She Boppin tagged me to join in on the My Writing Process Blog Tour, featuring various sex bloggers and toy reviewers. It was a real sweet gesture and I’m happy to add my process to the conversation.
First Off: What Am I Working On?
Well, I am always reading. I think I found my groove in book reviews, for a number of reasons, but mainly because they were already something I knew how to do. They engage my theoretical side in a way that I’m still learning how to do with sex toys. Right now, I’m really excited for my review of Melissa Gira Grant’s Playing the Whore: The Work of Sex Work. It’s an important book and it’s one that I think everyone should read. I also just recently added The Smart Girl’s Guide to Privacy to my list, which I think adds to the conversation around the Internet, our privacy and dignity as writers and workers, and to the importance of a sex-positive voice in discourse of Internet privacy. In terms of toys: I’ve got a couple G-Spot toys lined up, including Pop Tops Deluxe G-Spotter Attachment for my beloved Magic Wand Original and Wet For Her Five Jules Medium. I also have an EPIC mega-review post coming up that while is still secret, I’m so pumped. It features a book, a film, a toy, and some tips. I can’t wait for it to go up!
How does my work differ from others of its genre?
Sex blogging is, and should, be very diverse. Having multiple voices on similar subjects is important, particularly when trying to figure out which toy is right for you. Sex toys are expensive and when investing in one, a customer ultimately needs to be able to cross reference how the toys works for a body similar to their own. I try to begin my reviews by asking myself, if I were on the floor of the store, who would I recommend this to? Would I recommend it at all, and if not, then why and how did I arrive at that conclusion? For me, I think, I differ in how I write because of my relationship to it. I envision my blog as being at the intersections of the other types of work I do as an instructor, a scholar, an activist, and on a basic level a writer. I like having the essays I write near the reviews I do and to have those reviews near my more instructional or theoretical pieces and guides. It is the product of many of the different aspects of my life. I want my blog to be critically engaged, to be challenging, but also affirming.
Why do I like what I do?
I like it because it keeps me writing, it keeps me informed on the industry(ies) I study, and it’s rewarding to know that people find what you have to say helpful. I like being able to contribute to the constantly shifting ideas we have about sexuality, technologies, and genders.
But, mainly, I like what I do because it’s awesome. And no matter how stressed, scared, or frustrated I may be in my daily life, I do stop many times a day and think “Yeah, but my life is pretty awesome.”
I had a coworker whose mother loved the Lord, a lot, and did not love what her daughter was doing. When the coworker told her mother about me, my blog, and what not, she said “You know, I think she’s got it all figured out.” It’s probably the best compliment ever. It takes bravery to do what we do, but we make space for each other and there are a lot of rewards (mainly, dildos for days).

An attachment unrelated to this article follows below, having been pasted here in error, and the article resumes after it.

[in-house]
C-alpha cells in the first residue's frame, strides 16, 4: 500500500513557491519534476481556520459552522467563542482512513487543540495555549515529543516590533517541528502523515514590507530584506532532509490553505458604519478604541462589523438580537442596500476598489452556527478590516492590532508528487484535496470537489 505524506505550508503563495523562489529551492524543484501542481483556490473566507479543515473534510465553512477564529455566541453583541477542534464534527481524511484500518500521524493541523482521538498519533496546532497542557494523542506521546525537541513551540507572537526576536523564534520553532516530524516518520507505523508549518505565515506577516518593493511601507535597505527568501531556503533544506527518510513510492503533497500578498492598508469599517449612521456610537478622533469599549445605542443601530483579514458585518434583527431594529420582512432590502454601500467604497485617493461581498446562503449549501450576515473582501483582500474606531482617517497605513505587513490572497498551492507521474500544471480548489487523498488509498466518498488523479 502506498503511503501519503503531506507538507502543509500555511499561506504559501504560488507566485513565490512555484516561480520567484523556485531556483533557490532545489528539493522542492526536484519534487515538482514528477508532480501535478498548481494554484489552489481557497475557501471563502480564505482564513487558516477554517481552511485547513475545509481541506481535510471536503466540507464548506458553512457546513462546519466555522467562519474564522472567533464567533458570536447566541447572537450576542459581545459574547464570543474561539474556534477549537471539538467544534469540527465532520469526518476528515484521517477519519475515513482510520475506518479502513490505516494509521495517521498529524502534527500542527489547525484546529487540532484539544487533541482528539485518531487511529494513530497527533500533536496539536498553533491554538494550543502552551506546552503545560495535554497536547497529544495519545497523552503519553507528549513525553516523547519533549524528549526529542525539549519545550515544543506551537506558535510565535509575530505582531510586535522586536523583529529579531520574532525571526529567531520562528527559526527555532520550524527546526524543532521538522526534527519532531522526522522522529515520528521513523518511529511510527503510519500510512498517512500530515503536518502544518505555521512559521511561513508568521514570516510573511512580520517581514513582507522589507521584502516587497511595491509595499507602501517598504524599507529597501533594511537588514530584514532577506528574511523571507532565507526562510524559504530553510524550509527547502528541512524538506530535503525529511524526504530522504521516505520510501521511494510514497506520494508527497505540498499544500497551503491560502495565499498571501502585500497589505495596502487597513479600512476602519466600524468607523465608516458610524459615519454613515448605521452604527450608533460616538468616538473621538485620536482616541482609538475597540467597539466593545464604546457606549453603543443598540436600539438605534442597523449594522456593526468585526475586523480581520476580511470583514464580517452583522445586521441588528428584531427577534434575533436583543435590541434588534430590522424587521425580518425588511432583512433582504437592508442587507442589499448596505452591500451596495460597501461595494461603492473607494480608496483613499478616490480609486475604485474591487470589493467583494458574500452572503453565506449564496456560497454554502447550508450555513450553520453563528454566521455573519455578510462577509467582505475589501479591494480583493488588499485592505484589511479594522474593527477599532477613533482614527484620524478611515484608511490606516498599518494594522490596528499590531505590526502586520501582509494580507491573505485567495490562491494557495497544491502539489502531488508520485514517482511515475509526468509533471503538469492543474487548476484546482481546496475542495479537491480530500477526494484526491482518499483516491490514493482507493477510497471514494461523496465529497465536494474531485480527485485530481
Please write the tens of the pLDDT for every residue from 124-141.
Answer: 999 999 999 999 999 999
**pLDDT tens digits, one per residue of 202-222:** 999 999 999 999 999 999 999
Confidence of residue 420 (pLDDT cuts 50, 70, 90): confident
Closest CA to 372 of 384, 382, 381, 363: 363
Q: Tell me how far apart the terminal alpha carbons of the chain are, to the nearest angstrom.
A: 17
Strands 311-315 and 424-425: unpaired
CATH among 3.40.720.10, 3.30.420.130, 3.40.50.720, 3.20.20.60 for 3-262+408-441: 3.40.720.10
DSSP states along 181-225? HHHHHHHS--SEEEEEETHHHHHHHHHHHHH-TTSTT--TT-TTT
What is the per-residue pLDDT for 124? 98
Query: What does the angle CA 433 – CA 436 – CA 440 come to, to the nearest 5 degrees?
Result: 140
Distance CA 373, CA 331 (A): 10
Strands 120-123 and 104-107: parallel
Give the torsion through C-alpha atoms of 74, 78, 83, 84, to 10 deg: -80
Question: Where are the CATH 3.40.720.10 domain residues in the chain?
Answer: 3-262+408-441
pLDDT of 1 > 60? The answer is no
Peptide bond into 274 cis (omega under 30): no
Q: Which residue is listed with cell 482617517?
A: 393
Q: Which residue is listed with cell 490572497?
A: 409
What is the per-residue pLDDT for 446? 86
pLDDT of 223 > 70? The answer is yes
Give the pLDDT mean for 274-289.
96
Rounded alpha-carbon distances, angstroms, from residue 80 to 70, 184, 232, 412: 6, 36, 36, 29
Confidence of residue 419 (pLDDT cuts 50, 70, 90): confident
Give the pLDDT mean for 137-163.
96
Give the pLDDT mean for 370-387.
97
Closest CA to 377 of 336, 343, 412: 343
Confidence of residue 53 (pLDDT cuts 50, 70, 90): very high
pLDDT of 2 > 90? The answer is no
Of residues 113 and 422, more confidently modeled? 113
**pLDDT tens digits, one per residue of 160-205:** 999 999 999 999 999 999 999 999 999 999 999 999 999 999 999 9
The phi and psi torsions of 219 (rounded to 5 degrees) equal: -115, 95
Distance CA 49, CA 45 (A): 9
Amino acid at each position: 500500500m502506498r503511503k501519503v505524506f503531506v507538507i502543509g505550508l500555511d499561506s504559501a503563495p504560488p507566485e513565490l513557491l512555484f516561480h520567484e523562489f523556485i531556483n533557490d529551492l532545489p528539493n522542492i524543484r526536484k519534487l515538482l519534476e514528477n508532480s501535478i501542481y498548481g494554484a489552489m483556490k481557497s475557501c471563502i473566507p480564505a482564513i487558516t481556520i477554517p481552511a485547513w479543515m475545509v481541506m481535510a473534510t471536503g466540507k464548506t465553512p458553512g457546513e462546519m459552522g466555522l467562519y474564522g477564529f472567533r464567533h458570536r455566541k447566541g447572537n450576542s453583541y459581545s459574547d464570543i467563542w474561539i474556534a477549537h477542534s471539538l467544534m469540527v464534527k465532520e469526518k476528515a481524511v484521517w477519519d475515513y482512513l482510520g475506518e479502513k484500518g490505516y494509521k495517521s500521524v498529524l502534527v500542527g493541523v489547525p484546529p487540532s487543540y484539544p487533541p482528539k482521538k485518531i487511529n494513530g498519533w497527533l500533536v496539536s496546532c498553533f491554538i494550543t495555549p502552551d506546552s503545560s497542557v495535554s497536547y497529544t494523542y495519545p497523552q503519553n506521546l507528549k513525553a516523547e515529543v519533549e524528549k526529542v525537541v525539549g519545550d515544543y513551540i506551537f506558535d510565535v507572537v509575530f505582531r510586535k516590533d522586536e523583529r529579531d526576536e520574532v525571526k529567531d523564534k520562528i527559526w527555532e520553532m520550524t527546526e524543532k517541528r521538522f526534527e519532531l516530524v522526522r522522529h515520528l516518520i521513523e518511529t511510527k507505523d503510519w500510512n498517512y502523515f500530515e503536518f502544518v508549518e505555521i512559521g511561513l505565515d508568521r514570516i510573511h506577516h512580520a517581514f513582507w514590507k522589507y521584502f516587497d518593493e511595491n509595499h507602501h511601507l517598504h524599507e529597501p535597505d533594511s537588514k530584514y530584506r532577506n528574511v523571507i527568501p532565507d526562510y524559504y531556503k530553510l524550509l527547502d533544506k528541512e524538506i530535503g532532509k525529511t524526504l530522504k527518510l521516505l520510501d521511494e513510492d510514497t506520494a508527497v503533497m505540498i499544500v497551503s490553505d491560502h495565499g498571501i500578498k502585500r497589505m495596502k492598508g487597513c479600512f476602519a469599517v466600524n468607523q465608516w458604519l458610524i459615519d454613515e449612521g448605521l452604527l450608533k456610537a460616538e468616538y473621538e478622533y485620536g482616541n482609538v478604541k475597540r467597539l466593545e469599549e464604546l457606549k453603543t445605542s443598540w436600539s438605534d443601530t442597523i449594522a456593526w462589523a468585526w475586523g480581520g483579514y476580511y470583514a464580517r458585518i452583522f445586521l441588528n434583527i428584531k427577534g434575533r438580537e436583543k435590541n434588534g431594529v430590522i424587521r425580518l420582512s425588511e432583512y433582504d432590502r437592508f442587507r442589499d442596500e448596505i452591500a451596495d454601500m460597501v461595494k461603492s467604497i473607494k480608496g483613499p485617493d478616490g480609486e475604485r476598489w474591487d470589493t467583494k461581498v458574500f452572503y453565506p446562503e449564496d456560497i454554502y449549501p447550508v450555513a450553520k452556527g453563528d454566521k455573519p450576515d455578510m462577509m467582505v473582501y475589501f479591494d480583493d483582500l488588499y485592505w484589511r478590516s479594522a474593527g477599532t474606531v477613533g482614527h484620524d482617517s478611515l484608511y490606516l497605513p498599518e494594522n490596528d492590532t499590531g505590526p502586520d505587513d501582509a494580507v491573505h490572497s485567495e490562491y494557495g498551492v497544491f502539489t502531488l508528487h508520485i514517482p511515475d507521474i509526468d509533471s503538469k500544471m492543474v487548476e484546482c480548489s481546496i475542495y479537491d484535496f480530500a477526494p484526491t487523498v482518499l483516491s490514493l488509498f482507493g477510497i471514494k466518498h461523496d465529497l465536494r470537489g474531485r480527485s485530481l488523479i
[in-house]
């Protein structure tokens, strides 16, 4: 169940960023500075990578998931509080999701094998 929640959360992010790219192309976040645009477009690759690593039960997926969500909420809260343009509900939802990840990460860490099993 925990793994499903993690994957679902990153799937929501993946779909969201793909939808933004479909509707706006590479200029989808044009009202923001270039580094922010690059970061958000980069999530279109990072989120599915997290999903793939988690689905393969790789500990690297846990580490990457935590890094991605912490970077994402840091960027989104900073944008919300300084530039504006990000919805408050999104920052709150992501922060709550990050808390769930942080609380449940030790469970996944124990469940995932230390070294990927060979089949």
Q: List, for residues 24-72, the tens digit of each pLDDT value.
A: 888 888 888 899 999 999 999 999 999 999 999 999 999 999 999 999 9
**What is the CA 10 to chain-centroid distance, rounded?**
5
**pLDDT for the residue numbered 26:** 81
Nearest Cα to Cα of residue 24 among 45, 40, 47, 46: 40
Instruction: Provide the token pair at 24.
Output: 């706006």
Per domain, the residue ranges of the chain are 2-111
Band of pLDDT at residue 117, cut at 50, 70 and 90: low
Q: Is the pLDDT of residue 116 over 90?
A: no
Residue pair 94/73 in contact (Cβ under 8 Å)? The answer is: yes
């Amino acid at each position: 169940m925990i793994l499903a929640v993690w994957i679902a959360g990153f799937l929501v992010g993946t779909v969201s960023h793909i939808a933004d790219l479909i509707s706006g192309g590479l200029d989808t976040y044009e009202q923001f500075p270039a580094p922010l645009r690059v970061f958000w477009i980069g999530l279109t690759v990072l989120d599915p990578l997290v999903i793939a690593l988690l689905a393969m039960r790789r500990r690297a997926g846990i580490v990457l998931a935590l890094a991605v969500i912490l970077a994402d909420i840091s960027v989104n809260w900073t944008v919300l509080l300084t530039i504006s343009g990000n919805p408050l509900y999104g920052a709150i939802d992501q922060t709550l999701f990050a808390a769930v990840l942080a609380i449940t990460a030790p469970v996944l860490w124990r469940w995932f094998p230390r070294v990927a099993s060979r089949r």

How does my writing process work?
On a material sort of level, I generally hand write everything first. This is true not just for the blog, but for academic articles, lectures. etc.
What can I say, I have a thing for pen on paper.
Sometimes my pieces occur sort of stream of consciousness, as a flowing whole, other times I only have scraps or fragments and create a structure from there. My essays have to come for an organic place, they must *dawn* on me, I’ve tried to force them out and it simply doesn’t work.
Despite all my years in higher education, i still can’t edit for shit. I read them out loud. I re-read them out loud. No matter what I do, I still find that I forget the most important words (usually a “not” which often alters the whole argument), misspell the most important of things (usually names), and generally, screw things up.
When I first started doing this (and I still do) I would beat myself up for all of this. I can be quite cruel to myself. Recently, I adopted a mantra I learned from reading Madison Young’s Daddy “Be gentle with yourself. Be gentle with others. Be gentle with the world around you.” I’m getting better at this whole thing I think, and I love what I do.
I’m not very good at picking people to tag, it makes me nervous. Consider this an open invitation to sex writers of all makes and models to join the Tour and tell us about your writing process.
- Review: Wet for Her Five Jules (Medium)
- Review: The Delicious Torment by Alison Tyler
- Peep’s Picks: The Wild Search from Pink and White Productions
- Opening the Realms of Possibility: A Review of Never Say Never from Cleis Press
- Blog Tour: My Writing Process
- Scoops on Peep
- Review: The Smart Girls Guide to the G Spot by Violet Blue
- Peep’s Picks: Books for Beginning Scholarly and Practical Kink Studies
- Review: Pop Tops Deluxe Silicone G-Spotter from Pleasure Works
- Looking and Exhibitionism
- April 2019
- March 2019
- February 2019
- January 2019
- December 2018
- November 2018
- October 2018
- September 2018
- August 2018
- July 2018
- June 2018
- May 2018
- April 2018
- March 2018
- February 2018
- January 2018
- December 2017
- November 2017
- October 2017
- September 2017
- August 2017
- July 2017
- June 2017
- May 2017
- April 2017
- March 2017
- February 2017
- January 2017